On March 4, 2009, Limbaugh challenged President Barack Obama to a debate, with the caveat that it be on his radio program. Limbaugh offered to pay all of Obama's expenses including travel, food, lodging, and security.[45] On March 6, 2009, Limbaugh told Byron York of the Washington Examiner that his ratings for his radio show had significantly increased during the feud between him and the Obama Administration.[46] As a result, Earl Ofari Hutchinson of the liberal website The Huffington Post urged Obama to "wave the white flag" in their targeting of Limbaugh.[47]

Television show

Limbaugh had a syndicated half-hour television show from 1992 through 1996, produced by Roger Ailes. The show discussed many of the topics on his radio show, and was taped in front of a live audience.

Other media appearances

Limbaugh's first television hosting experience came March 30, 1990, as a guest host on Pat Sajak's CBS late-night talk show, The Pat Sajak Show. ACT UP activists in the audience[48] heckled Limbaugh repeatedly; ultimately the entire studio audience was cleared. In 2001 Sajak said the incident was "legendary around CBS".[49]

On December 17, 1993, Limbaugh appeared on The Late Show with David Letterman.[50] Limbaugh also guest-starred (as himself) on a 1994 episode of Hearts Afire. He appeared in the 1995 Billy Crystal film Forget Paris, and in 1998 on an episode of the The Drew Carey Show.

Most recently, in 2007, Limbaugh has made cameo appearances on Fox News Channel's short lived The 1/2 Hour News Hour in a series of parodies portraying him as the future President of the United States. In the parodies, his vice president is fellow conservative pundit Ann Coulter. He also made a cameo in the Family Guy episode "Blue Harvest". In the episode, a parody of Star Wars, Limbaugh can be heard on the radio claiming that, among other things, the "intergalactic liberal space media" was lying about climate change on the planet Hoth, and that Lando Calrissian's administrative position on Cloud City was a result of affirmative action.

His persona has often been utilized as a template for a stereotypical conservative talk show host on TV shows and in movies, including an episode of The Simpsons (as a conservative talk radio host named Birch Barlow), as "Gus Baker" on an episode of Beavis and Butt-head, as "Lash Rambo" (host of "Perfection in Broadcasting") on an episode of The New WKRP in Cincinnati, and as "Fielding Chase" in the Columbo Mystery Movie Butterfly in Shades of Grey (played by William Shatner).

As a result of his television program, Limbaugh became known for wearing distinctive neckties. In response to viewer interest, Limbaugh launched a series of ties[51] designed primarily by his then-wife Marta.[52] Sales of the ties reached over US$5 million in their initial sales year, but were later discontinued.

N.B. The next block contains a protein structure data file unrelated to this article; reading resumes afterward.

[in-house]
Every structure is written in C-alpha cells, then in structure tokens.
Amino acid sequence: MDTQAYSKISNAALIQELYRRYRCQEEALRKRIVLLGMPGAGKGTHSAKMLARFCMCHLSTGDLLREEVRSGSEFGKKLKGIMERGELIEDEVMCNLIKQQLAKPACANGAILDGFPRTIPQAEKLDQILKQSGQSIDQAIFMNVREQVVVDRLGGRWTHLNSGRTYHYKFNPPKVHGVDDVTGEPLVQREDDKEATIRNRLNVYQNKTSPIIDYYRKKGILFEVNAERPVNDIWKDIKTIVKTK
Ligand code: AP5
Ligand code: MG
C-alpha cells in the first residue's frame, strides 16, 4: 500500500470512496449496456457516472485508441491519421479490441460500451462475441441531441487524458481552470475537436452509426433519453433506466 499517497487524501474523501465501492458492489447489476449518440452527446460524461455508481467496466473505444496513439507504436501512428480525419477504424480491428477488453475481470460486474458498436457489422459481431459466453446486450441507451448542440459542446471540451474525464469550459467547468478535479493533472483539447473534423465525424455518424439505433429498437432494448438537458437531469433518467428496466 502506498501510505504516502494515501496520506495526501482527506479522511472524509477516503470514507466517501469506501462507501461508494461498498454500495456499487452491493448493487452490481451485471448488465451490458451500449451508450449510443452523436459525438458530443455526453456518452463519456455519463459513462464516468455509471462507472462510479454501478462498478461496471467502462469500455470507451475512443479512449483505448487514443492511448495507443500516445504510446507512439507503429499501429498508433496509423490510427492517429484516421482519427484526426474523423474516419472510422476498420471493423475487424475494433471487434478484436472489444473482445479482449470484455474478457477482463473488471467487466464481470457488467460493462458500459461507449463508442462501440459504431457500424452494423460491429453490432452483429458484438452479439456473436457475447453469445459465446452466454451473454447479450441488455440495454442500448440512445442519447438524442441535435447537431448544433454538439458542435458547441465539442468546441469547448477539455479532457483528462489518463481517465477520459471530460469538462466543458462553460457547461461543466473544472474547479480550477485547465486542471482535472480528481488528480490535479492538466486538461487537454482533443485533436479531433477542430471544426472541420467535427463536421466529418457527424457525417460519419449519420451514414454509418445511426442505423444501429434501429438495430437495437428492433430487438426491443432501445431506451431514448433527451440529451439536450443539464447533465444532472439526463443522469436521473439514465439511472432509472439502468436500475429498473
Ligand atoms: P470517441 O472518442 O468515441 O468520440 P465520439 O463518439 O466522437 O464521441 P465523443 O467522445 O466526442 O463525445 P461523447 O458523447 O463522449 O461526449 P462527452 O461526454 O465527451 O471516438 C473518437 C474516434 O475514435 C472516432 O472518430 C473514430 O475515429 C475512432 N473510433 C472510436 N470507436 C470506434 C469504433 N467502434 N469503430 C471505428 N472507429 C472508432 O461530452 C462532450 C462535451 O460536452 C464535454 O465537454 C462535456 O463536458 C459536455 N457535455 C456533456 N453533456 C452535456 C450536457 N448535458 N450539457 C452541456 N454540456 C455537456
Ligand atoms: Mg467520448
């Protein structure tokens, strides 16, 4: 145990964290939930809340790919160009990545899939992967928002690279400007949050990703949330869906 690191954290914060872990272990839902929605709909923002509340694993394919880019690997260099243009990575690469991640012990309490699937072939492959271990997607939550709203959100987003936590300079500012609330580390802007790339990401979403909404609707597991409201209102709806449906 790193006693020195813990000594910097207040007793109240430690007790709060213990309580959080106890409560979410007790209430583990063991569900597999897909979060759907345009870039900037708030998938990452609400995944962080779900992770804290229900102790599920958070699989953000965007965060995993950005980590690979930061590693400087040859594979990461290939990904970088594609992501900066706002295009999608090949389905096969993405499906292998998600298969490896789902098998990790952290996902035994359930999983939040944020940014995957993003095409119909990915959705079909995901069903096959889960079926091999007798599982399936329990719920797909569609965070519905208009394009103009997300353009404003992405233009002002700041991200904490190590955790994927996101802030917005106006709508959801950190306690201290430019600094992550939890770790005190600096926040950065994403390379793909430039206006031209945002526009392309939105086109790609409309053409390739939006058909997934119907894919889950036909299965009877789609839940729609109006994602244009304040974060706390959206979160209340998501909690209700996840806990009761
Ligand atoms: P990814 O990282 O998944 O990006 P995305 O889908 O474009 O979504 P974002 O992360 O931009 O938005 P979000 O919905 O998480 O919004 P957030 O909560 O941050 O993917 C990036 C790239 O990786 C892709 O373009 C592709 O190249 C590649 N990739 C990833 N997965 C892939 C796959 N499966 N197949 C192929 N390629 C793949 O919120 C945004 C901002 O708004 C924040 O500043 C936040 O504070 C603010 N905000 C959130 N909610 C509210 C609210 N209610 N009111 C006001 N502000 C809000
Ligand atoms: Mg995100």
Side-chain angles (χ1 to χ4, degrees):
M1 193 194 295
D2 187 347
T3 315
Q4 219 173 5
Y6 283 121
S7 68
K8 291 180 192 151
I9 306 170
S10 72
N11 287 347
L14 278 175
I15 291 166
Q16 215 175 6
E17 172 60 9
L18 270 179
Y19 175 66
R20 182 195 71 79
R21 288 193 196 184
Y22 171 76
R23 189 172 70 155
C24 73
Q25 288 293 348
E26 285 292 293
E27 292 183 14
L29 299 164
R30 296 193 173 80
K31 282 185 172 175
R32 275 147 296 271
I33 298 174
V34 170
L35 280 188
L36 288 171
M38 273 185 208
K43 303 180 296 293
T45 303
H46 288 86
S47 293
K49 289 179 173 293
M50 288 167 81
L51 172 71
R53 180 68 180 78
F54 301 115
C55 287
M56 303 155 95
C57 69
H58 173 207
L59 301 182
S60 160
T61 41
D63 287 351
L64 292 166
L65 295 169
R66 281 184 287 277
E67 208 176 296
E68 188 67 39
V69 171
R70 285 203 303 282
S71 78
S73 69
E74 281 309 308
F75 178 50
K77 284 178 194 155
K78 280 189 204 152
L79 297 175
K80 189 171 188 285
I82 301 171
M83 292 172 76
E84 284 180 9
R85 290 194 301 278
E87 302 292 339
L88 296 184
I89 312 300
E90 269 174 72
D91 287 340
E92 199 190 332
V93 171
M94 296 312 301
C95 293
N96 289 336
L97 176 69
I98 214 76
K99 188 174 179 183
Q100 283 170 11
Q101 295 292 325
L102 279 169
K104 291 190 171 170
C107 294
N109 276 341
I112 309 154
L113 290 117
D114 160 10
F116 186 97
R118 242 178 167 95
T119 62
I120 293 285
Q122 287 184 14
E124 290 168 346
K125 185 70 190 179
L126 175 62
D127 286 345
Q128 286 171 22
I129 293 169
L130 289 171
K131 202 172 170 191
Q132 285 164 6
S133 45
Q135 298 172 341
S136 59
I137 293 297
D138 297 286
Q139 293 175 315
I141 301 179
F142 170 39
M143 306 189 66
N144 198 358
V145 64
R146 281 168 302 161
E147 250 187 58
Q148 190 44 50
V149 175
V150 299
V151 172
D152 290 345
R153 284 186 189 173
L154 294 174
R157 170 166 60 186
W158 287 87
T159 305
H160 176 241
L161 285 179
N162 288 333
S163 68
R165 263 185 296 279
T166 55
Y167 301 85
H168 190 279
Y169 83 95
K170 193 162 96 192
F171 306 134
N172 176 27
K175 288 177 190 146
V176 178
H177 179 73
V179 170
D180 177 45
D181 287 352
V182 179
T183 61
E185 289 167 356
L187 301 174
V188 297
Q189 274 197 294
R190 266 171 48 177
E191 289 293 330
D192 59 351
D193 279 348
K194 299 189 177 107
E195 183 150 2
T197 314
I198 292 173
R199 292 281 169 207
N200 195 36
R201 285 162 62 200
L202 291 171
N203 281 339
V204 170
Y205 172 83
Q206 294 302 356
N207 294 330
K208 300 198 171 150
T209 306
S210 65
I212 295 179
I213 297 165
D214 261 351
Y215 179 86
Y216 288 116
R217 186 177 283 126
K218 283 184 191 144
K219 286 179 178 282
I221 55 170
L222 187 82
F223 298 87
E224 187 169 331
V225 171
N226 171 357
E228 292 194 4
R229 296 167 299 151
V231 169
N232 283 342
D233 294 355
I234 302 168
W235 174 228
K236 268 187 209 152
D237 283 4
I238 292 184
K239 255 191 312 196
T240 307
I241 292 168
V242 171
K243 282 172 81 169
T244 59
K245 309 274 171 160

In the March 22, 2009, episode of Family Guy "FOX-y Lady", Fox News Channel reporter Lois Griffin discovered that Limbaugh (who was shown as an animated character but did not speak) was actually Fred Savage (who voiced an animated version of himself) in disguise.


Defining the conservative movement

Limbaugh wrote in an op-ed piece in The Wall Street Journal in 2005:

  • I love being a conservative. We conservatives are proud of our philosophy. Unlike our liberal friends, who are constantly looking for new words to conceal their true beliefs and are in a perpetual state of reinvention, we conservatives are unapologetic about our ideals.
  • We are confident in our principles and energetic about openly advancing them. We believe in individual liberty, limited government, capitalism, the rule of law, faith, a color-blind society and national security.
  • We support school choice, enterprise zones, tax cuts, welfare reform, faith-based initiatives, political speech, homeowner rights and the War on Terrorism.
  • And at our core we embrace and celebrate the most magnificent governing document ever ratified by any nation — the U.S. Constitution. Along with the Declaration of Independence, which recognizes our God-given natural right to be free, it is the foundation on which our government is built and has enabled us to flourish as a people.
  • We conservatives are never stronger than when we are advancing our principles.[53]

Balance and point of view

In his first New York Times best seller, Limbaugh describes himself as conservative, and is critical of broadcasters in many media outlets for claiming to be objective. He has criticized political centrists, independents, and moderate conservatives, claiming they are responsible for Democrat Barack Obama's victory over Republican John McCain in the 2008 U.S. Presidential Election and inviting them to leave the Republican party. He calls for the sincere and serious adoption of core conservative philosophies in order to ensure the survival of the Republican party.[54][55][56]